Paul Dyson Reply:

    Metrolink improved track speeds? Noooo. The only 90 mph (south of San Onofre through Camp Pendelton) has been 90mph for years. Metrolink does not pay for any grade seps, those are built by the track owners. Metrolink does not own any track.

    Roland Reply:

    So where did the $500M bribe money go to then?

    Clem Reply:

    Island platforms are what you want for the blended system, so that Caltrain incidents don’t cascade to HSR. Belmont is perfectly fine the way it is. San Carlos, on the other hand, needs to be nuked to make way for the blended system, preferably with an island platform.

    Roland Reply:

    1) PROJECT TITLE: Station Relocation & Provide Future 4 Track Improvements – South
    San Francisco
    “Design only for a new station immediately south of the existing station. Station features to include: connection to the east side of downtown South San Francisco via Grand Avenue, pedestrian underpass or overpass, reconfigure existing parking area, demolish existing station platforms,
    shuttle and Kiss and Ride stops on east and, potentially, on west side of station. Also reconstruct the existing 2 track main with provisions for 3rd and 4th main track from Tunnel Avenue to Colma Creek: realign existing two main tracks; reconfigure existing UPRR yard tracks; construct crossovers; and reconfigure existing UPRR team track.” http://www.caltrain.com/Assets/_Finance/BUDGETS/JPB/FY2005.pdf
    2) “Island platforms are what you want for the blended system, so that Caltrain incidents don’t cascade to HSR”. Kindly help the rest of us understand how that is going to work with 2 tracks.
    3) Do you understand that inserting an island platform between MT-1 & MT-2 will make it impossible to ever have more than 2 tracks in South City?
    4) Do you understand what an island platform does to track geometry (why doesn’t the Gare des Betteraves have an island platform?) http://tinyurl.com/orwflzx
    5) Do you understand that trains stopping on mainline tracks impact the track capacity of non-metro systems?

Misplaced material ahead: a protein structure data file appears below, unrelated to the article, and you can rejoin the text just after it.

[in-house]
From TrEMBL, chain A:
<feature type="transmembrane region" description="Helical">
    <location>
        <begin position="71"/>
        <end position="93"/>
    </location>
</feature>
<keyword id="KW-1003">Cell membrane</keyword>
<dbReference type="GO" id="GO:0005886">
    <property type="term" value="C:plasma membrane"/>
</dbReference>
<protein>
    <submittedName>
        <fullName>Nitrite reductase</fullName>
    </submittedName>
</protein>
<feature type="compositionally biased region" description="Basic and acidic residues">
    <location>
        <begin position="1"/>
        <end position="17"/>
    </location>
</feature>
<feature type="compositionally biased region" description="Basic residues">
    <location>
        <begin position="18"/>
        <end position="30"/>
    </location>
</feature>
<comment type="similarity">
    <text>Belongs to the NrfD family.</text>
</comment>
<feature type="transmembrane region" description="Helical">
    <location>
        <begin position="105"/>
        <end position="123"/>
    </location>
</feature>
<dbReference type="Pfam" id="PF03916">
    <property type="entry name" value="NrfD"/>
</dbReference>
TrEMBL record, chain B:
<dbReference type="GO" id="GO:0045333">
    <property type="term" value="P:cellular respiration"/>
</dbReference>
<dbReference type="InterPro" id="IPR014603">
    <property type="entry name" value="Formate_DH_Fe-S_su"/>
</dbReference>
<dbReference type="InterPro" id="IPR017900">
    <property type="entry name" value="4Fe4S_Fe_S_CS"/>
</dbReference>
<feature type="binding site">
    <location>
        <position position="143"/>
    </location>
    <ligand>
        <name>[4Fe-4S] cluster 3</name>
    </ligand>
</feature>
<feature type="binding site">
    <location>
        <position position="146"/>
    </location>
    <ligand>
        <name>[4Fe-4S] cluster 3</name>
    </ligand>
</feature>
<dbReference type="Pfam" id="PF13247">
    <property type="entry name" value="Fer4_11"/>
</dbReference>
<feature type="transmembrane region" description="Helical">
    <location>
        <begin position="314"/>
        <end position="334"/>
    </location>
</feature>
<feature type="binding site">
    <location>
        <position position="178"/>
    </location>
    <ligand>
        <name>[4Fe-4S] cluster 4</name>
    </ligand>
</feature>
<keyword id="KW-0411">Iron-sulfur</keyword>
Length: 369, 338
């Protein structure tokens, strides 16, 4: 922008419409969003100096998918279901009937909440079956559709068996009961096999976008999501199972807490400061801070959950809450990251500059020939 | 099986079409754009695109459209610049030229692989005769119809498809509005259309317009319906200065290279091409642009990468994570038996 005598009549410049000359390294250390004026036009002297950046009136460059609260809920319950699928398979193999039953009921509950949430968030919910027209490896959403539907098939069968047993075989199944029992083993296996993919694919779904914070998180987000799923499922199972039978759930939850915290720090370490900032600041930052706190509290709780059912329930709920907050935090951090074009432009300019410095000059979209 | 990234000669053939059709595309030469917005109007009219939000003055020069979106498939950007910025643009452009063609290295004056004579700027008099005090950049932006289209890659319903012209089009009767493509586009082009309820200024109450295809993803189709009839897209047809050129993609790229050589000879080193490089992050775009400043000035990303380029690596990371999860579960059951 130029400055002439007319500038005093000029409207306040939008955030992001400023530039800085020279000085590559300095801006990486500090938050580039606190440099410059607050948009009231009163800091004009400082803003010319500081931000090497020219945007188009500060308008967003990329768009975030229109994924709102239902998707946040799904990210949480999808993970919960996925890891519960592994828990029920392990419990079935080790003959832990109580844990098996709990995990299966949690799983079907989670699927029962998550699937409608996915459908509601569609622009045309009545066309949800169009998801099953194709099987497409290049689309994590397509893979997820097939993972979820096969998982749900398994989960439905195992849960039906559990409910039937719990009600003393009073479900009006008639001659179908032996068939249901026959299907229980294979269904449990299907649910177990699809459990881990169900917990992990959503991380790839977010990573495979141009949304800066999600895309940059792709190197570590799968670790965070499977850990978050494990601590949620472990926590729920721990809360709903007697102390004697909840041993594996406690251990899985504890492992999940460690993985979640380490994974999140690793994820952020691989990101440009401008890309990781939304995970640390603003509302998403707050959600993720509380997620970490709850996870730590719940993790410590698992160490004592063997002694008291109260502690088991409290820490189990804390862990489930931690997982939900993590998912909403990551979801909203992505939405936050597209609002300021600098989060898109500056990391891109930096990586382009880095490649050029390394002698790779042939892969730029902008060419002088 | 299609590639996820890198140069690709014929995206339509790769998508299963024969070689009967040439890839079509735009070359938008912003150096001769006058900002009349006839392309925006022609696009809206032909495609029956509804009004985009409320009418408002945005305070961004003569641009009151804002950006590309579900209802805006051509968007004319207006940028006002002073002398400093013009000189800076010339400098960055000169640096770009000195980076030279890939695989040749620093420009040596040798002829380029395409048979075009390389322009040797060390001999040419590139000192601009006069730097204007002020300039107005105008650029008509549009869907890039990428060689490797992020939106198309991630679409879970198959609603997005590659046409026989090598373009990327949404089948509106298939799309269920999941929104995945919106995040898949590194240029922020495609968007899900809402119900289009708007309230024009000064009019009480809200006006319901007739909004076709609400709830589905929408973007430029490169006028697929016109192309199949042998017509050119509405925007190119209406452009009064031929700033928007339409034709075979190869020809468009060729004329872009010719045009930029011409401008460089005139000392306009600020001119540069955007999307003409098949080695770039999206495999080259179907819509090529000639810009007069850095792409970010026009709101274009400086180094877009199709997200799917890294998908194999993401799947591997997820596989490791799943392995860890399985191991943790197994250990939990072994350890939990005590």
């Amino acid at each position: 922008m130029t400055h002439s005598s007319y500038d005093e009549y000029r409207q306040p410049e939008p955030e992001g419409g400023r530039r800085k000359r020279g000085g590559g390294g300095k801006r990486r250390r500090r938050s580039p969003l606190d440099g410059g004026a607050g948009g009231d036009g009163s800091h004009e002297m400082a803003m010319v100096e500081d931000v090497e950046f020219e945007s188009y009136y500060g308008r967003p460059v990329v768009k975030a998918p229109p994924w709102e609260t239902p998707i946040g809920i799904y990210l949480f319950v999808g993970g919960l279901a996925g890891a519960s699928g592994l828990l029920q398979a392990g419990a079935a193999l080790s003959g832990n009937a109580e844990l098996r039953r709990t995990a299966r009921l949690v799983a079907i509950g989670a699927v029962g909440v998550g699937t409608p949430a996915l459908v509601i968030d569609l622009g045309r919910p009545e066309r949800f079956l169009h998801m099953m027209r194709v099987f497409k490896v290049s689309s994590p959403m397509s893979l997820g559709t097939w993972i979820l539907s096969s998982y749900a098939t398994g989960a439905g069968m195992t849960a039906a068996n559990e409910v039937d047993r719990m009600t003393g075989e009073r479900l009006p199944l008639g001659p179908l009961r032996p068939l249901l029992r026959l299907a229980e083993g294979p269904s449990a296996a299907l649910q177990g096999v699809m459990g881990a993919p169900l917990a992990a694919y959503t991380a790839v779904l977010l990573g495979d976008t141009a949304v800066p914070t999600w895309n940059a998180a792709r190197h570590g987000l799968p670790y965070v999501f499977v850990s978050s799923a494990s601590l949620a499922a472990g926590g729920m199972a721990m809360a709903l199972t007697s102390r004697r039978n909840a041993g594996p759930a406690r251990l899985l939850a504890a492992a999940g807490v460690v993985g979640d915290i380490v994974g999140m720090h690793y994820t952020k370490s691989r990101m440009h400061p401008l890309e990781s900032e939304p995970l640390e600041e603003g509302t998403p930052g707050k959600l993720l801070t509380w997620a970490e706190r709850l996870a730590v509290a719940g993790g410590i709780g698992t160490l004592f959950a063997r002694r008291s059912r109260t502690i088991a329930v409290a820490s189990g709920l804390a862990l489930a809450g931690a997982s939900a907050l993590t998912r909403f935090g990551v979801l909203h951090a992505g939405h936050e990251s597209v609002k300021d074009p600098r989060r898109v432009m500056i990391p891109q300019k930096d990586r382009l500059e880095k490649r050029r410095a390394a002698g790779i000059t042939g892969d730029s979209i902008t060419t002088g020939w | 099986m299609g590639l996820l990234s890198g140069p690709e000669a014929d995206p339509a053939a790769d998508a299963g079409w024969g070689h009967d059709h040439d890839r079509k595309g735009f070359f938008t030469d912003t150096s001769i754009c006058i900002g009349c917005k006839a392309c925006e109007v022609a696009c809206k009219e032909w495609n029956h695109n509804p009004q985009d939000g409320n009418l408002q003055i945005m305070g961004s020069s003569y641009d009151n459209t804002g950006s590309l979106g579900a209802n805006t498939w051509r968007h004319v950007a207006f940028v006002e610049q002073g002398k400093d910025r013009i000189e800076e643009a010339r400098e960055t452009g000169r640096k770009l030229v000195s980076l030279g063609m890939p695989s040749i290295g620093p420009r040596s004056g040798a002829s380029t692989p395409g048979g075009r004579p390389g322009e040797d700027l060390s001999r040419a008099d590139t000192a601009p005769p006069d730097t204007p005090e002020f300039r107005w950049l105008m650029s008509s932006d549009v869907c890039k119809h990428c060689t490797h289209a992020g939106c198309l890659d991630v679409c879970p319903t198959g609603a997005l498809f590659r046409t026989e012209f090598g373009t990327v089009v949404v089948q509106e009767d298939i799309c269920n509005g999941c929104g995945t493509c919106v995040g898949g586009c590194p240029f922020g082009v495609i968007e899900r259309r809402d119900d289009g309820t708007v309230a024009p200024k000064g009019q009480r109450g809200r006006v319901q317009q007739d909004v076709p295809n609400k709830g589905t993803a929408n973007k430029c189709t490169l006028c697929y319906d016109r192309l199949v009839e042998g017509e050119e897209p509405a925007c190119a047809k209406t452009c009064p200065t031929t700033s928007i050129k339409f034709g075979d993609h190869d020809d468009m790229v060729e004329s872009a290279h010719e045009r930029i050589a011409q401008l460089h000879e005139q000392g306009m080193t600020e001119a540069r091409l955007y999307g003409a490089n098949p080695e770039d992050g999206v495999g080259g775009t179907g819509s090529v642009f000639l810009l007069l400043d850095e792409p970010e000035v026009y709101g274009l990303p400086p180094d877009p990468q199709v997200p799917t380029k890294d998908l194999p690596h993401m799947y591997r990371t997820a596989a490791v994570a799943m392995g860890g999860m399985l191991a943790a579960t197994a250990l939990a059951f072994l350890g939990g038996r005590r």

6) Kindly help the rest us understand which part of these incidents it is that you do not understand:
    http://sanfrancisco.cbslocal.com/2015/07/01/women-struck-killed-by-caltrain-in-belmont/
    http://www.pottroff.com/railroad-news/good-samaritan-killed-caltrain-train-he-save-fellow-passenger

    Clem Reply:

    By the way things seem to have changed for South San Francisco. Any idea when this development occurred?

    Paul Dyson Reply:

    The $500M went to Metrolink for diesel locomotives and Metro for SCRIP etc. and grade seps. Got to get your agencies right. I really think that those that voted for 1A had in their minds that the best use of some of the money would be for diesel locomotives. A Great Leap Forward!

    Roland Reply:

    Paul,
    Thank you for helping us “follow the money”.
    Question: would you rather have 125 MPH diesels for $500M or 79 MPH Electrolink for $2B?

    Joey Reply:

    The electric trains might yield better travel times overall. 125 is only achievable on a few segments and electric trains (especially EMUs) accelerate much faster leaving stations and speed-restricted areas (such as sharp curves).

    Clem Reply:

    Right. Diesels of any kind should never be allowed to gum up any tracks shared with HSR. “High speed diesel” is an oxymoron that was only ever attempted in the UK, so I’d be immediately suspicious of any advocates who were exposed to it in their youth :)

    keith saggers Reply:

    Supporting eventual service expansion between Oakland and San Jose from the current 14 to 22 daily trains (and setting the stage for service extension to Salinas) the CCJPA is in the process of using $3.35 million to support engineering design and environmental documentation for a series of track improvements between Oakland and San Jose (called the Oakland to San Jose Phase Two Project). For both these service expansion projects, the construction phase of the projects are on a scale such that even State transportation bonds (Proposition 1A – $15.8 million and $47.5 million, respectively) are insufficient to fully fund the planned improvements. For these more costly service frequency improvements, additional capital funding is required